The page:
Reviews: 214 – Lyle At Dawn (Frustrated Funk); Gramrcy – Ruffian (Ancient Monarchy)

214 – Lyle At Dawn (Frustrated Funk)

Ahead of his North Bend double album (which should be out now) Dutch electro warrior 214 fires off this warning shot to get us all in the mood. Heavy in the European tradition this is an EP which sounds like warfare between the sky and the earth. Thunderous beats build a buckling backdrop for the tunes, but as is so often the case with modern Euro electro, it’s the richness of ideas spread out elsewhere which really tell the whole story, creating a captivating narrative that shows just how far the genre has evolved since it New York Kindergarten.

It’s not just the continental sound that 214 is indebted too, though. Lyle At Dawn uses the pummelling beats and some fiercely gravelly bass to open a pathway inwards. The slowly rising symphony of Detroity strings and chirped 303s add an undeniably Drexciyan movement to the tune, especially in the latter stages. Time For, a looser and more thoughtful piece, is gentler – at least to start with – creating a playful groove chalkful of cloudy sunshine and smiles, gradually tweaking elements until the fine funk of the beats find their feet, hooking you on-board until it ends with a burst of dubsteppy bass. Ektes reverts to a more classically Dutch feel with a tune that would sound as if it is on the run from Murder Capital if it wasn’t for the guttural bark of a bass so thick you imagine it would have to have been pasted onto the grooves of the record as it descends into a tight, half speed industrial shaker.

214 hits the right feel across the EP, locking things to the ground but keeping an ear on the celestial. As an appetizer for the album, and in its own right, it’s a pretty good example of where Electro is going in 2015. If this doesn’t whet your appetite for North Bend, I don’t know what will.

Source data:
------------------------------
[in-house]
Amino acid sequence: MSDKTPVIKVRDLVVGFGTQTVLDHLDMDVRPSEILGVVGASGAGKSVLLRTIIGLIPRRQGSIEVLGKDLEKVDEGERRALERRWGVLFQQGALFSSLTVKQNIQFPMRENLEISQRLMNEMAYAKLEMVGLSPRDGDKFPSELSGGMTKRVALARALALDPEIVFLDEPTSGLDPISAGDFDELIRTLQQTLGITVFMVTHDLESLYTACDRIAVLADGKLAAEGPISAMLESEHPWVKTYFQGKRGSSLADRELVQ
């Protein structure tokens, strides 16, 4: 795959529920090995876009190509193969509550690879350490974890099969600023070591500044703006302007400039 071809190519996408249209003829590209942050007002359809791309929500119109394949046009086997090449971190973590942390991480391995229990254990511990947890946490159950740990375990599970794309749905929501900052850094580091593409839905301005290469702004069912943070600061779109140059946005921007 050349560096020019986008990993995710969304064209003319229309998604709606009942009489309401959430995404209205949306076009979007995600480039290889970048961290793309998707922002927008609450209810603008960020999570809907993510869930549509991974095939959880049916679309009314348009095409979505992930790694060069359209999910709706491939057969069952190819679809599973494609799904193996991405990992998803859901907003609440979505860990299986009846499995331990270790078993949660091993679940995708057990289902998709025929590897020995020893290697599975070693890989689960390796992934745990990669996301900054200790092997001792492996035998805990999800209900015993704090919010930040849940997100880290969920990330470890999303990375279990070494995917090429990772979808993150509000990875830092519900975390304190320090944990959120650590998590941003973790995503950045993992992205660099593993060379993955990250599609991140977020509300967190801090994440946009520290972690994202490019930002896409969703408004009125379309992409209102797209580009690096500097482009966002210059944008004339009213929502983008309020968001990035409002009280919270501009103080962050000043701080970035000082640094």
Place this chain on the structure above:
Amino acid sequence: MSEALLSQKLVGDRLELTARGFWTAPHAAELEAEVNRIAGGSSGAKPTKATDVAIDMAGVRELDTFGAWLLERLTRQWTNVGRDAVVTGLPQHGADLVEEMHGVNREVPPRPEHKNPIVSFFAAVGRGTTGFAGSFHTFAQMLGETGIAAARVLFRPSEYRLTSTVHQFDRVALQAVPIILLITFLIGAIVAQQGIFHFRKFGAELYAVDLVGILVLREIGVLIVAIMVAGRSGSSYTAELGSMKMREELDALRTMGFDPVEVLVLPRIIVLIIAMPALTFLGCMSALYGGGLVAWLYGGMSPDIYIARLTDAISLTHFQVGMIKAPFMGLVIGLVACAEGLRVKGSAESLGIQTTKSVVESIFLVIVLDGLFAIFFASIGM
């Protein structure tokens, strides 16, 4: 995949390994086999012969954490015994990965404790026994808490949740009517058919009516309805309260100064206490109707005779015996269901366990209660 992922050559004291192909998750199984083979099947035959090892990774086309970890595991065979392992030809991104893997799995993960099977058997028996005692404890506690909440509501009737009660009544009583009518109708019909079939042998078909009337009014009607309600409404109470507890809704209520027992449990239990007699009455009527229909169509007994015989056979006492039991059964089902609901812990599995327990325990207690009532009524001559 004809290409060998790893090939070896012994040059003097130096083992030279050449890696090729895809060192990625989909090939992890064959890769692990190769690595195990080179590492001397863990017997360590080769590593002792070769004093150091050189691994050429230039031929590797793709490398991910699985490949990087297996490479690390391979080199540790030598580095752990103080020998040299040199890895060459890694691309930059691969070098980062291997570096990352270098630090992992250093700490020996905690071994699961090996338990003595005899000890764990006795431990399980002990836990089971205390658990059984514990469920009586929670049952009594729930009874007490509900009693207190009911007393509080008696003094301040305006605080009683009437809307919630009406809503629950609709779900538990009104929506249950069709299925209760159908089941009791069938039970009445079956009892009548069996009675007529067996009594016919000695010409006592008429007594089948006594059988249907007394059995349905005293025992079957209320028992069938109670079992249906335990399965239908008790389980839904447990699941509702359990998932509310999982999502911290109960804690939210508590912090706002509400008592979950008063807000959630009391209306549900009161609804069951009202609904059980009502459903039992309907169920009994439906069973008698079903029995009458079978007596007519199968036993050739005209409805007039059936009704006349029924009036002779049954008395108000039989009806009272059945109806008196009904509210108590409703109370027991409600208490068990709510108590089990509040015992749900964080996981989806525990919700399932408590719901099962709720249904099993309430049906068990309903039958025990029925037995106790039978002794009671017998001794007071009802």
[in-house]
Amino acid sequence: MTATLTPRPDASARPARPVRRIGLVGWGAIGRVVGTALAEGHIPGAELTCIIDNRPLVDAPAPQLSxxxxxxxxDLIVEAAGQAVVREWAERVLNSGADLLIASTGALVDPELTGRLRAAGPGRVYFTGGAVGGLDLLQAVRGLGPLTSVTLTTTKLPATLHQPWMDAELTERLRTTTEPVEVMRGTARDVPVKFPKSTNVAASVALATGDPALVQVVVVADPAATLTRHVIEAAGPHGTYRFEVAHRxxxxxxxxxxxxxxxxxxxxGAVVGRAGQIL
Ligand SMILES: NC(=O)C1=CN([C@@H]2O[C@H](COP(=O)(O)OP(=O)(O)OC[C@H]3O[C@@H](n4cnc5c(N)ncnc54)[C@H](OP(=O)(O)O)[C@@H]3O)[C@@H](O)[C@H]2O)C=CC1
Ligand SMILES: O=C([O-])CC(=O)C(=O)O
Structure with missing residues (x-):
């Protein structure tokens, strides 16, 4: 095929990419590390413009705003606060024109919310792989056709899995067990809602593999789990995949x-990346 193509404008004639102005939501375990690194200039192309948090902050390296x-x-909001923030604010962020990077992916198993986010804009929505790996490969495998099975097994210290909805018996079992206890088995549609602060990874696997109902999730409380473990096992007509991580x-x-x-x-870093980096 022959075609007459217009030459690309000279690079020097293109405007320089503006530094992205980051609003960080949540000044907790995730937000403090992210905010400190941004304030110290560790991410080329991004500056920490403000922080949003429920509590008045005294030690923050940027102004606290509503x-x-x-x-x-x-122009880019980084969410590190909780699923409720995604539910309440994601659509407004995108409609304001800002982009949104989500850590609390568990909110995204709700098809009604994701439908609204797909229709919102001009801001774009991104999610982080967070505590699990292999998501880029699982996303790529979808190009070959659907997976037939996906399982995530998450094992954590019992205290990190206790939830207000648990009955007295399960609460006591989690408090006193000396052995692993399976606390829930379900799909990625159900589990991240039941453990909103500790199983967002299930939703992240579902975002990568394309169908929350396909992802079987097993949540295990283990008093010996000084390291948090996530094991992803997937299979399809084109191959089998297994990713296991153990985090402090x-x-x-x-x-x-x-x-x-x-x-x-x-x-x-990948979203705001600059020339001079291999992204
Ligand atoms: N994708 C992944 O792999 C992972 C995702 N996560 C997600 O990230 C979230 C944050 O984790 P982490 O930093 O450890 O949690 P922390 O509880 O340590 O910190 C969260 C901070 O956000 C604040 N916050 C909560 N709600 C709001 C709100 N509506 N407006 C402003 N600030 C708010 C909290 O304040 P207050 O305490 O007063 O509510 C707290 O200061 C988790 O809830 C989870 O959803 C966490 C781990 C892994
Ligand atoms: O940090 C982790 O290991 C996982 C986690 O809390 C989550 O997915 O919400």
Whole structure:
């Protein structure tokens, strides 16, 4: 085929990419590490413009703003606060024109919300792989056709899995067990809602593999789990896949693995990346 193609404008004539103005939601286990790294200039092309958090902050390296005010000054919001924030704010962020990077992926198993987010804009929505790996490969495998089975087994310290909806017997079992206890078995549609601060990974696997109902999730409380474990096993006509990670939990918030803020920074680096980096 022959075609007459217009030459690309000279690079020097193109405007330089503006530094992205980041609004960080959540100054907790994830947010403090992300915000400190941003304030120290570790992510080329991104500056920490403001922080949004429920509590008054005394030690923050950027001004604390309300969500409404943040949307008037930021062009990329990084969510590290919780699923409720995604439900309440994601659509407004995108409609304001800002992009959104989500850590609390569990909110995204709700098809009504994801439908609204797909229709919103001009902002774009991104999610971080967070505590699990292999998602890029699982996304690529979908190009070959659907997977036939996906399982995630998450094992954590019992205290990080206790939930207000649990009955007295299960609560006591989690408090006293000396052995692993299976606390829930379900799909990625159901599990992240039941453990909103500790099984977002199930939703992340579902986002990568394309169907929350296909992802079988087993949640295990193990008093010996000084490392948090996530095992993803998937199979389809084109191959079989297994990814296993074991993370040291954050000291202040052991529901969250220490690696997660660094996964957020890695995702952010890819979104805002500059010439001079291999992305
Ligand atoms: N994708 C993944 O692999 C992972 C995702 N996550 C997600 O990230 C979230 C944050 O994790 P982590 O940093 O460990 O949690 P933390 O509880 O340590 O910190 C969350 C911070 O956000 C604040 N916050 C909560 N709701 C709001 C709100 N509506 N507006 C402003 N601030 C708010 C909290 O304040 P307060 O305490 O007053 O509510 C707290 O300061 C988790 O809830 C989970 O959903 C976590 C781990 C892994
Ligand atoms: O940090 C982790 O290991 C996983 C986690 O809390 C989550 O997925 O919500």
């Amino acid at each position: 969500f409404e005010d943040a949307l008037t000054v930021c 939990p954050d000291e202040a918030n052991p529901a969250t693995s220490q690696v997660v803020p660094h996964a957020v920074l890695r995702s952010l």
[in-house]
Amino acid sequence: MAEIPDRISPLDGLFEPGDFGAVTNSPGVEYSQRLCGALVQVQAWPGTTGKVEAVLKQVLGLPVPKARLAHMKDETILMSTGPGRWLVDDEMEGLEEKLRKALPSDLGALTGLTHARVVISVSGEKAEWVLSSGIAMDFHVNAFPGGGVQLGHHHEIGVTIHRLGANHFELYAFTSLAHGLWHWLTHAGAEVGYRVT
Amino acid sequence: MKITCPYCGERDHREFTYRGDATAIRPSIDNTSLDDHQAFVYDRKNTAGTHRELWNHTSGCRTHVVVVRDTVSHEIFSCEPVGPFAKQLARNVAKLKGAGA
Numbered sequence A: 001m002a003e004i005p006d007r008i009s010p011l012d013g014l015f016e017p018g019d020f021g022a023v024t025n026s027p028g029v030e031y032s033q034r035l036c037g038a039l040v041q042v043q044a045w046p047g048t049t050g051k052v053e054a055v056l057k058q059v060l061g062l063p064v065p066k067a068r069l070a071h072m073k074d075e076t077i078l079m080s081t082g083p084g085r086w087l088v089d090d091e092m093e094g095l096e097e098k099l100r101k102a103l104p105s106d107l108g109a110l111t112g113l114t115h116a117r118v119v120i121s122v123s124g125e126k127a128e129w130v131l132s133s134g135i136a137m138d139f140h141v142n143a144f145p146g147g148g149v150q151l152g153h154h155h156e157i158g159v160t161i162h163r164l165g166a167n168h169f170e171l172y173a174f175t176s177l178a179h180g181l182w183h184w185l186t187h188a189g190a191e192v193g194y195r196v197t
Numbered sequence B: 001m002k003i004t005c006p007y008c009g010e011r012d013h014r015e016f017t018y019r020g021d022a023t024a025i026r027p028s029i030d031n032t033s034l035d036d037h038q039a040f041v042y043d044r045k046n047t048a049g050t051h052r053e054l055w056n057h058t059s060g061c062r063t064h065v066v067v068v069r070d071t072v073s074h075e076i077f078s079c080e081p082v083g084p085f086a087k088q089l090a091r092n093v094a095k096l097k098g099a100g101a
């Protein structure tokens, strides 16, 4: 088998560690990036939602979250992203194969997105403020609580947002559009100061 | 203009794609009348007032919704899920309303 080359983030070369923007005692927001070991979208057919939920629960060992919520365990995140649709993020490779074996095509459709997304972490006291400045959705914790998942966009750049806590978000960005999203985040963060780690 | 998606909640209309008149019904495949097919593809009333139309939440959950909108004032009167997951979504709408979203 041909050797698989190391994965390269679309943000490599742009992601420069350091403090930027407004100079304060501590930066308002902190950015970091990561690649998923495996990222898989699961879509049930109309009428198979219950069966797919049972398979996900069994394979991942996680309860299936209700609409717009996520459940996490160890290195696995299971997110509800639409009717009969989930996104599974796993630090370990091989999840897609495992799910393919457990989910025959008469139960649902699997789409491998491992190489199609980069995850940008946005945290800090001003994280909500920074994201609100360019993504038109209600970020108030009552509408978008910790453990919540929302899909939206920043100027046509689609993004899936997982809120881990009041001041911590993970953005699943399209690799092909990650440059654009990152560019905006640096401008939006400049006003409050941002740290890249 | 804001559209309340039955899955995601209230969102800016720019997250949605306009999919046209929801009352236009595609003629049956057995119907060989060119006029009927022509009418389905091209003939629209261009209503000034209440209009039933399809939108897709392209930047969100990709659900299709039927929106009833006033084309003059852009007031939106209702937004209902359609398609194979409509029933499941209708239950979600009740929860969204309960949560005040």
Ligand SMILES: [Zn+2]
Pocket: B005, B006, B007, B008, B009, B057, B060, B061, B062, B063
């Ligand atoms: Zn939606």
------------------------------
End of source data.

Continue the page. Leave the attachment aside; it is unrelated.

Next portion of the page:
Gramrcy – Ruffian (Ancient Monarchy)

One of the more interesting aspects of the continuing fragmentation of house and techno is how exciting some of the shards have become when seen in isolation for the first time in years. 2015 may well be the year in which ‘new age house’ garnered the most acclaim, but when we look back it will be those artists currently unlocking the seedy thrills of 92 era breakbeat who will, perhaps paradoxically, be seen as trying to do something new.

Gramrcy’s debut on Berceuse Heroique sub label Ancient Monarchy is a cluster bomb of ideas and fun that, for all the twisted ravey chaos of the title track, never falls too far into blind homage for a long gone time. This is at the root of the record’s strength, I think: Old threads rewoven into very modern fabrics. Ruffian itself is a heavy, virulent piece of breakbeat nastiness that soaks itself in a nutrient bath of bleak psychedelic industrialized frequency. Bargain Jam cuts out the extraneous noise, rendering the psycho leanings down into a lean slice of claustrophobic neo-rave experimentalism that is perhaps even more unsettling.

The two remixes, courtesy of Hodge and Bruce are pretty special in their own way, both adding something new and vital to the originals. Hodge’s take on Bargain Jam is a stomping, loopy pop of demented UK house that doesn’t outstay its welcome. Bruce perhaps gets the harder job, with Ruffian, but manages to out nut-job the original by twisting its funk and half drowning it in sheer experimentalism. It’s the perfect way to take on something that can’t be taken on. An excellent, and very nasty, EP of modern UK madness.

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